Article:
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Grain corridor is ‘deceiving’ developing world, says Putin

Russian leader entertains idea of revising initiative to limit export destinations, while the World Food Programme arranges to load another 150,000 tonnes of grain for humanitarian operations

Around 100 vessels have departed Ukraine’s export hubs since the Black Sea grain initiative became operational in early August. Russian officials have been casting doubt on the renewal of the agreement, with President Putin making strong remarks about the corridor’s operation

DEVELOPING countries are being deceived by the UN-brokered Black Sea grain initiative, according to Russia’s president Vladimir Putin. 

The grain corridor agreement, which was signed on July 22, ensures safe passage of vessels carrying grains and other food items from the ports of OdesaChornomorsk and Yuzhnyi. The deal is valid for 120 days from signing.

“Almost all the grain exported from Ukraine is flowing not to the poorest countries but into the European Union,” President Putin told an economic forum in Vladivostok.

Two ships have been chartered by the World Food Programme for humanitarian aid — Brave Commander (IMO: 9136931) and Karteria (IMO: 9236092).

The bulkers together have transported 60,800 tonnes of wheat.

A third vessel carrying 150,000 tonnes of wheat will be purchased, loaded and shipped from Ukraine in the coming weeks, a WFP spokesperson told Lloyd’s List.

“WFP is hopeful this is only the beginning of regular shipments of food commodities from Ukraine for the agency’s humanitarian operation,” they said.

A total of 100 vessels have left Ukrainian ports as of September 7, carrying a total of 2.3m tonnes of grains and other foodstuffs, according to the Joint Coordination Centre.

“The objective of the Black Sea grain initiative is to boost commercial supplies of grain into the market that can help contain and reduce food prices, help poor households and vulnerable populations afford basic staples, and enable farmers to grow food at a manageable cost,” says JCC communications officer Ismini Palla.

Low- and lower-middle income countries have received 30% of exports under the Black Sea grain initiative, according to JCC data. 

The first ships to leave Ukraine and travel the corridor arrived at the ports before the invasion started. Some 22 have been cleared to move and are fulfilling existing contracts.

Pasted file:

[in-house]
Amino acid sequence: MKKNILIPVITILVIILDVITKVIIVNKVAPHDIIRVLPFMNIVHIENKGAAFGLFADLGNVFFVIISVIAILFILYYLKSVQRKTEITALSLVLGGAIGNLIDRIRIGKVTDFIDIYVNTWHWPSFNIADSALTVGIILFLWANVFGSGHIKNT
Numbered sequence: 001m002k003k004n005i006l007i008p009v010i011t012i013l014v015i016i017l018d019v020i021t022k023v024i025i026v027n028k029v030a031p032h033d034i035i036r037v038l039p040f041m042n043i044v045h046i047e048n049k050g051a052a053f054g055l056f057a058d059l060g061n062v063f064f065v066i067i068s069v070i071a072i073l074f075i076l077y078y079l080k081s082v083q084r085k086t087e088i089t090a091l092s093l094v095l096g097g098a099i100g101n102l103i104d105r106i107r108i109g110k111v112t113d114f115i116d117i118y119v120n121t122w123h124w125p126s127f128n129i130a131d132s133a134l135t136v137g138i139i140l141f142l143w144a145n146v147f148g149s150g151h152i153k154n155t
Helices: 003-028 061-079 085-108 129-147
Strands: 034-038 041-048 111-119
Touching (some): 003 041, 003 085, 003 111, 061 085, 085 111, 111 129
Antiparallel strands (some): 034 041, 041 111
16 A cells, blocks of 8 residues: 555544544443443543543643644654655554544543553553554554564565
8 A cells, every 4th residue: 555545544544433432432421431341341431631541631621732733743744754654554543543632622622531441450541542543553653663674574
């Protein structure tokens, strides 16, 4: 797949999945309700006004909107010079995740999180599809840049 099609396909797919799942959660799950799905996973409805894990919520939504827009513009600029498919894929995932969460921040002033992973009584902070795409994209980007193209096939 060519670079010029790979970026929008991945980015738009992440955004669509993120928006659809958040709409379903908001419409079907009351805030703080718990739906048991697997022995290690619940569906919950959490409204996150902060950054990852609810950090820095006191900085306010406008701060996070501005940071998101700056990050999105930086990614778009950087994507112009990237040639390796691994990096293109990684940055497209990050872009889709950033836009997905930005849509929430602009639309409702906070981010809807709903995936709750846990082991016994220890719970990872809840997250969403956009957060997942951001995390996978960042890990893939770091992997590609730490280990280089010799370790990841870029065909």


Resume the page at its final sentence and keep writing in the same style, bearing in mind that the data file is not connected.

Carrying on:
“In August, the Food and Agriculture Organisation cereal price index decreased by 1.4% from the previous month,” says Ms Palla. “This drop, driven by a 5.1% decline in international wheat prices, was due in part to the resumption of commercial exports from the Black Sea ports in Ukraine.

“Global hunger, food insecurity and food prices are affected by multiple factors, such as climate change, conflict, fuel and energy prices. Ensuring the continuing availability of food supplies and fertilisers, including the release of existing food and fertiliser stocks from Ukraine, is critical in sustaining this downward progress.”

President Putin indicated at the forum that he would discuss the possibility of limiting the destinations of grain exports via the corridor with Turkish President Tayyip Erdogan.

If Western countries continue to buy up Ukrainian grain the food crisis will worsen and potentially turn into a “humanitarian catastrophe”, added the Russian leader.

Ukraine is one of the world’s leading grain exporters, but Russia’s invasion of the country has severely hampered its ability to trade internationally. It expected $1bn per month in income from the reopening of the three export hubs, Odesa-based Lloyd’s agent Eurogal told Lloyd’s List at the beginning of August.

Ukraine’s government has expressed interest in extending the grain corridor to include a fourth port — Mykolaiv.

Grain silos in the port of Mykolaiv caught fire during a Russian attack on August 31, says Eurogal. A further rocket strike on September 4 in the same region destroyed silos holding several thousand tonnes of grain.

President Putin’s comments on the grain corridor come after Russia’s ambassador to the UN, Vasily Nebenzya, cast doubt on the deal being extended at a Security Council meeting two weeks ago.

Mr Nebenzya said the number of ships travelling to countries in need was small and inconsistent with the goal of the agreement.

He further expressed discontent with how the initiative was playing out for Russia. 

“We emphasise that the extension of the grain deal, the term of which is 120 days from the date of signing, would be facilitated by tangible results for Russian foreign trade operators equivalent to those we are seeing for Ukrainian exports,” said Mr Nebenzya.

Ukraine has utilised other methods of transport to export its key commodities.

During August 1.6m tonnes of agricultural products were exported through the Danube ports, according to Eurogal. Approximately 1m tonnes were exported by rail during this period, and 600,000 tonnes via trucks.

 

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